Following the disclosure of its undeclared nuclear activities, Libya has granted the Agency unrestricted access to all requested locations, responded promptly to the Agency's requests for information, and assisted the Agency in gaining a full picture of its nuclear programme. Libya also agreed to conclude an additional protocol, and to act in the meantime as if the protocol is in force. I will be signing this additional protocol with Libya this week. This active cooperation and openness is welcome, and will facilitate the Agency's ability to complete its verification of Libya's past nuclear activities. As in the case of Iran, the Agency also requires the full cooperation of the countries from which the nuclear technology and material originated.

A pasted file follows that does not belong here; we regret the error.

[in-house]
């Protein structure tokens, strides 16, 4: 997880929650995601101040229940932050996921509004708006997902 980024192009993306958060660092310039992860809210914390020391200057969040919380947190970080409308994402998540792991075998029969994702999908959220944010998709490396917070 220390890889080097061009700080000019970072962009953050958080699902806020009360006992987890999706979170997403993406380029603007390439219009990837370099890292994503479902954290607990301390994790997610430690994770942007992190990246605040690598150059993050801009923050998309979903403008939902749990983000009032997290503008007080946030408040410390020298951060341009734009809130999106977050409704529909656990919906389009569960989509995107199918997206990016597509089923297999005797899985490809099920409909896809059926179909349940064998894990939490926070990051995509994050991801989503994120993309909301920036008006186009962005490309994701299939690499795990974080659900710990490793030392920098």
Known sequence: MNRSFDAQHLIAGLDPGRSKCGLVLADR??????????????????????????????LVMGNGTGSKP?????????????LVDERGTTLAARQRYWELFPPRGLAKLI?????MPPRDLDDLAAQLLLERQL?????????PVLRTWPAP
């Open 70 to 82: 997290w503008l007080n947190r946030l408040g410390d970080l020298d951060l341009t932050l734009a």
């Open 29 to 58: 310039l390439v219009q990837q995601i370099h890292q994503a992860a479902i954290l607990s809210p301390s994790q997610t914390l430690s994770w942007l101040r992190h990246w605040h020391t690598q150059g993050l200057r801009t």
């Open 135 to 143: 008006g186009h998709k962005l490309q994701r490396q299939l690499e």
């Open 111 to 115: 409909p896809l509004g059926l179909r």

Implications for the Non-Proliferation Regime, and Additional Measures
As part of verifying the nuclear programmes and activities of Libya and Iran, the Agency has been investigating the supply routes and sources of nuclear technology, including related equipment, materials and expertise. As mentioned in our reports, we have found increasing evidence of a complex black market network. We are working with many governments, both to bring relevant findings to their attention and to request assistance in our further investigation. An important part of our investigation is to find out whether the sensitive nuclear technologies in question have been spread to any other countries or end-users. I will continue to keep the Board informed of developments.